Auster Agricola
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David Shaw, e-mail, 27.04.2021 15:29

My husband David Shaw (88 years old) was employed by Auster aircraft 1954/1955 in the design office under chief designer Richard (Dickie) Bird. He went on to work at AWA where, in 1957, he met me! I was working on the aero elastics of the Argosy. We married in 1959 and are still together.
David worked with Rolls Royce until 1988 when he took early retirement to restore vintage Bentleys.
We have three sons, all interested in aircraft.
We would be interested to be in touch with other enthusiasts.
Ann Shaw


murray kirkus, e-mail, 05.11.2017 15:37

Hi Bruce, I remember you well when I began flying with WAC around 1960


bruce cunningham, e-mail, 22.04.2017 06:48

I was a personal friend of Mac MacGregor who was engineer of Wellington Aero Club of which I was Secretary. He introduced Agricolas into NZ and I well remember his writing to one of the Royal Family who was Patron of some light aviation group in the UK complaining about the service!!!! His topdressing Co was Airlift. A new company was later formed involving farmers. Associated Farmers Aerial Work of which I was Secretary. After the loss of one of our aircraft I told Austers there were no more Agricolas around and what spares they had could be buried if we did not get them. As a result they were sold to us for a small sum and if memory serves me well, it enabled us to build two more machines. These parts had to come to MZ by KLM aircraft due to the length of the Agricola spars. Not a pretty looking aircraft but built for the job and robust. The pilot Claude Stephenson who clearly flew more hours on the them than anyone else, thought they were great.


derk Kleinjan, e-mail, 06.10.2016 05:27

as a teenager, these flew on dads farm, I have found about 15 min of real flying and topdressing of this aircraft, of which I also took 8mm film while we had rides, whee can we leave these films to protect it cheers


murray kirkus, e-mail, 06.12.2013 15:58

Hi Mike, the aircraft you refer to was to be built as c/n1o8 for New Zealand as ZK-BMP however when the order was cancelled it was completed as c/n 117 and leased to the Skeldon Estate British Guyana for spraying sugarcane plantations where it flew as VP-CAZ until being burnt out in a crash in 1959. The remains were later returned to the UK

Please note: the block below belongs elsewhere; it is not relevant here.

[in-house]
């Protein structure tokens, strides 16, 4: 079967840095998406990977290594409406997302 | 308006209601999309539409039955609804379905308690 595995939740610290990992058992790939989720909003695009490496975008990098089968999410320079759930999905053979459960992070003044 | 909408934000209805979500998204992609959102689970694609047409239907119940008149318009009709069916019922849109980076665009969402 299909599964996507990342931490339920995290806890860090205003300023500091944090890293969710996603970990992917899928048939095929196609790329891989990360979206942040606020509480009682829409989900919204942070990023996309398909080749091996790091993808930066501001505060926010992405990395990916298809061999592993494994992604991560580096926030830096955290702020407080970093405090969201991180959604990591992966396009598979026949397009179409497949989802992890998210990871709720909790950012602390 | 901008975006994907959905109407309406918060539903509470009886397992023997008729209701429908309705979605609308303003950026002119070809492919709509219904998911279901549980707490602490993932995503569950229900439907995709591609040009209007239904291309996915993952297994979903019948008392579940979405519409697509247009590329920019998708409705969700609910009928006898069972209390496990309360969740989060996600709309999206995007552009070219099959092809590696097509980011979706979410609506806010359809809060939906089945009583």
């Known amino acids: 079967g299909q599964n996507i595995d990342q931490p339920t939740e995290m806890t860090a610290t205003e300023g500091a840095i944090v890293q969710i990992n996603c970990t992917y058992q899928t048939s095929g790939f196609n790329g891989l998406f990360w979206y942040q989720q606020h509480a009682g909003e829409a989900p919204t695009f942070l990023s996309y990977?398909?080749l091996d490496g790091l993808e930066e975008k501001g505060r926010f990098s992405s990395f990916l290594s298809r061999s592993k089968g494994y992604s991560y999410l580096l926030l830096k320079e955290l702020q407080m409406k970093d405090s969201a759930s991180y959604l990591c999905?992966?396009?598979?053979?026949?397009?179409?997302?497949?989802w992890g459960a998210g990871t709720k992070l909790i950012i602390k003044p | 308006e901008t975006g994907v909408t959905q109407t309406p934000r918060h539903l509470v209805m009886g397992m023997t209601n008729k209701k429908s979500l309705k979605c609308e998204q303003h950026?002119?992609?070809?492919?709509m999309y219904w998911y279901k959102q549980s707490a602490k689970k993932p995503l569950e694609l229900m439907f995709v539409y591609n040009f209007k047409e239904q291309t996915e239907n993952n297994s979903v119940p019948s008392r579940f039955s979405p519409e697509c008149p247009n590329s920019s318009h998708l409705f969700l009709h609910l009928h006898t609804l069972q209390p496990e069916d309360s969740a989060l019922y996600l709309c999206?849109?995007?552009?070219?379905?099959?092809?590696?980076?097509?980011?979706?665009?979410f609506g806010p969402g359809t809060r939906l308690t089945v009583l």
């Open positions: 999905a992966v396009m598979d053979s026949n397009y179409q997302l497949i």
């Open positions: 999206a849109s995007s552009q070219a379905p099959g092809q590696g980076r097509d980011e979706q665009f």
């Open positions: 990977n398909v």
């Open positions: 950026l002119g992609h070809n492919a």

Mike Kemp, e-mail, 21.08.2013 12:33

This a/c re-flew in the UK on Aug 10th. However I have always been led to understand another ZK- example was held in store by the South Wales A/c Preservation Soc in a disused railway yard near RAF St Athan (UK). I have no more details but would anyone have any ideas.


murray e kirkus, e-mail, 27.08.2012 17:12

A total of eight Agricola were built at Rearsby of which five were initially exported to New Zealand. One further aircraft (ex G-APFZ)was sold in New Zealand around 1960 and three more were built there from crashed aircaft and components left over from the abandoned production run


Barry, 08.03.2012 16:23

Without wishing to be contradictory there was definitely more than 2 built, but I believe it to be eight in number. The cost of development was prohibitive and whilst one could understand Auster wanting to "spread it's wings", if you excuse the pun they could not have looked at the Piper Pawnee or the work done by Leland Snow.

The whole venture was another nail in Auster's coffin which all came to nowt with the formation of the appallingly run Beagle enterprise. So much for British light aviation!


Eric West, e-mail, 31.01.2011 07:05

In fact, I believe nine were built, at least three operated in New Zealand, ZK-AMI ZK-CCU and ZK-BXO

BXO is the sole survivor of the type (Well it was up to 2005) being operated privately out of Whitianga in New Zealand until it was sold and exported. I believe it went back to England




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